Unfortunately, we conveniently “forgot” about the cooperation necessary for evolution when Charles Darwin emphasized a radically different theory about the emergence of life. He concluded 150 years ago that living organisms are perpetually embroiled in a “struggle for existence.” For Darwin, struggle and violence are not only a part of animal (human) behavior, but the principle “forces” behind evolutionary advancement. Darwin wrote of an inevitable “struggle for life” and that evolution was driven by “the war of nature, from famine and death.” Couple that with Darwin’s notion that evolution is random and you have a world [of] a series of meaningless, bloody battles for survival. (from The Biology of Belief by Bruce Lipton)

Darwin gave us “survival of the fittest.” He told us that if you want to win, you have to beat everybody else. But, as Lipton points out, Darwin may have gotten the scoop on this story, but he wasn’t the first scientist to have a theory on the topic. A French biologist, Jean-Baptiste de Lamarck wrote a book on evolution fifty years prior to Darwin.

Not only did Lamarck present his theory fifty years before Darwin, he offered a much less harsh theory of the mechanisms of evolution. Lamarck’s theory suggested that evolution was based on an “instructive” cooperative interaction among organisms and their environment that enables life forms to survive and evolve in a dynamic world. (Biology of Belief)

Lamarck’s theory was shot down by scientists of the day and by the church, both of which adhered strongly to creationism. However, modern scientists are beginning to come back around to this theory, noting the many instances of symbiotic relationships in nature.

We need to move beyond Darwinian theory, which stresses the importance of individuals, to one that stresses the importance of the community. British scientist Timothy Lenton provides evidence that evolution is more dependent on the interaction among species than it is on the interaction of individuals within a species. Evolution becomes a matter of the survival of the fittest groups rather than the survival of the fittest individuals. (Biology of Belief)

Darwin’s theory gave rise to the ideals of modern capitalism. Get rich. It doesn’t matter who or what you destroy on the way, because they are weaker than you if they can’t beat you. Only the strong can survive and the weak don’t matter.  The oil spill isn’t really Darwin’s fault, but the way that he presented the world, as a war of individuals, certainly encourages the ideology that created it. But Lamarck knew that that which appears to be weak is a part of the strong, and by destroying it, the whole is compromised.

The green snake, the brown bird, the baby squirrel, and the jay are a part of me. The message is (right now anyway) that things (ideas, experiences, thought patterns) can be broken down and taken apart and let to leave my present existence, but through my good intents and practices, their gifts will not be forgotten or capitalized upon inappropriately. I didn’t cause the pain, but I am witness to it, and I honor the power behind it. As in nature, balance is key.

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I just got back from spending a night with twenty-one 5th graders and eight parents. We had really good food, thanks to the selfless devotion of one Jason B., who held a “food prep night” before we left. Fresh greens, garlic bread with real garlic, tomato sauce with fresh oregano. And real meatballs. Then liege waffles for breakfast. And quiche. With bacon. The kicker? He made home-made marshmallows. Seriously! I thought that only machines and chemicals could make marshmallows! But no. And boy howdy, do they ever make good ‘smores.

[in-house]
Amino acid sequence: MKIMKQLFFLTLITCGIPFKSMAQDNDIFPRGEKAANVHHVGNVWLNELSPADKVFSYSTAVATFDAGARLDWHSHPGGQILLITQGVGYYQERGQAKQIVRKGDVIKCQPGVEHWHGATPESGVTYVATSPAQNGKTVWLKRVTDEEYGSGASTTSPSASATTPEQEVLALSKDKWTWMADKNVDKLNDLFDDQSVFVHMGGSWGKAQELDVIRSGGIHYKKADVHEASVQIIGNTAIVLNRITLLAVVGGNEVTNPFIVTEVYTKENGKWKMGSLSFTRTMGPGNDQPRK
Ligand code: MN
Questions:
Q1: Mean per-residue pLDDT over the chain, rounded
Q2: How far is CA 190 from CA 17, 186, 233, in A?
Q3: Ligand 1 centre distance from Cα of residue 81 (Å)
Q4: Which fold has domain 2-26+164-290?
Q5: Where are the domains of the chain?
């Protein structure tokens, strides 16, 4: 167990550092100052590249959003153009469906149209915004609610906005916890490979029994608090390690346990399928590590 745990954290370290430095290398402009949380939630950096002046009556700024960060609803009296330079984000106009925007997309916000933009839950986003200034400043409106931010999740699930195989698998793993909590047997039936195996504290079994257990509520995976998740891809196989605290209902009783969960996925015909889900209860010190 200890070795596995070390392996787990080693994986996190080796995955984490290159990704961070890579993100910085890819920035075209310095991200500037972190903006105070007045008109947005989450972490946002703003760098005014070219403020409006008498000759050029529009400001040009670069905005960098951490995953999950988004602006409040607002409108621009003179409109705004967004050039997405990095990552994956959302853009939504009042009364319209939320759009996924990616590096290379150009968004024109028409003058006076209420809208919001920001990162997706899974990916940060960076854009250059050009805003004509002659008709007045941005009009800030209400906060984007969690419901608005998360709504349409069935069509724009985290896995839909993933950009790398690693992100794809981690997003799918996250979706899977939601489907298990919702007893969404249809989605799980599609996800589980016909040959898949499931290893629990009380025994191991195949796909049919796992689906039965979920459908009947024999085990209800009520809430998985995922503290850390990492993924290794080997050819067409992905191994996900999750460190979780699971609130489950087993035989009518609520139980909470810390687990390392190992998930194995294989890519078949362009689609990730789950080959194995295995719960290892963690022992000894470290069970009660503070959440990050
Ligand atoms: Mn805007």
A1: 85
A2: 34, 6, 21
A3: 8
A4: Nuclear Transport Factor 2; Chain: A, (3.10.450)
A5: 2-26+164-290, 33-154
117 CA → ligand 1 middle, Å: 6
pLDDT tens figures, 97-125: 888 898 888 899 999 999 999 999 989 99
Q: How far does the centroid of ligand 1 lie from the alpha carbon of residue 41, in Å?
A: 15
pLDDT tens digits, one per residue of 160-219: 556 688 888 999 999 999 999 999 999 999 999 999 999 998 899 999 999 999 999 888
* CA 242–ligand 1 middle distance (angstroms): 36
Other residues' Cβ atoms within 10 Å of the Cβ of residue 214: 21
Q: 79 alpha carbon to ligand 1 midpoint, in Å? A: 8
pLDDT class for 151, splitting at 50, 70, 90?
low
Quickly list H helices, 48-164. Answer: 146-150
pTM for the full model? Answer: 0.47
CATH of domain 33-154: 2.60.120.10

The trip was well organized, thanks to the help of Luminara S. We did a plant and animal scavenger hunt (organized by Pat B.) in the woods, an intuition game  (you get blindfolded and have to walk through the group of classmates who stand like trees), built tree limb shelters and we did a talent show. We found a dying baby squirrel who was parted from his mamma. We walked under two waterfalls. We got dumped on and checked into the lodge an hour early. We sang Israel Kamakawiwo’ole’s Somewhere Over the Rainbow around the campfire. It was great.

The lack of cynicism was amazing. They sang along with that ukelele like nobody was watching. They walked toe-heel through the forest, quiet like foxes, as the Whole Earth Nature School instructor had  shown them. They wiped the spit off the spit bug to see what he looked like under there (the spit comes out of his butt!). They assiduously stuffed the chinks in their dead wood shelters with moss, then tore it all down without complaint when we were done.

One of my favorite teachers, a man named Dennis Klocek, said that children are able to rest through appropriate play. I don’t think I fully understood that until this weekend. They are resting from the pulling of the world, from media telling them who they are supposed to be, and from the feeling that they just aren’t measuring up to that invisible standard. In play, they are able to let their imaginations and curiosity take over for a moment, without feeling like it’s wrong or stupid. They can relax within themselves.

As always, this weekend my students taught me more than I could ever hope to give to them. I am very blessed.

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I’ve been tired. I believe, if I’ve counted properly, that I have 14 1/2 days of school left. (I mentioned this fact on Thursday and one of my students said that he didn’t know that teachers counted down too. Ah youthful naivety).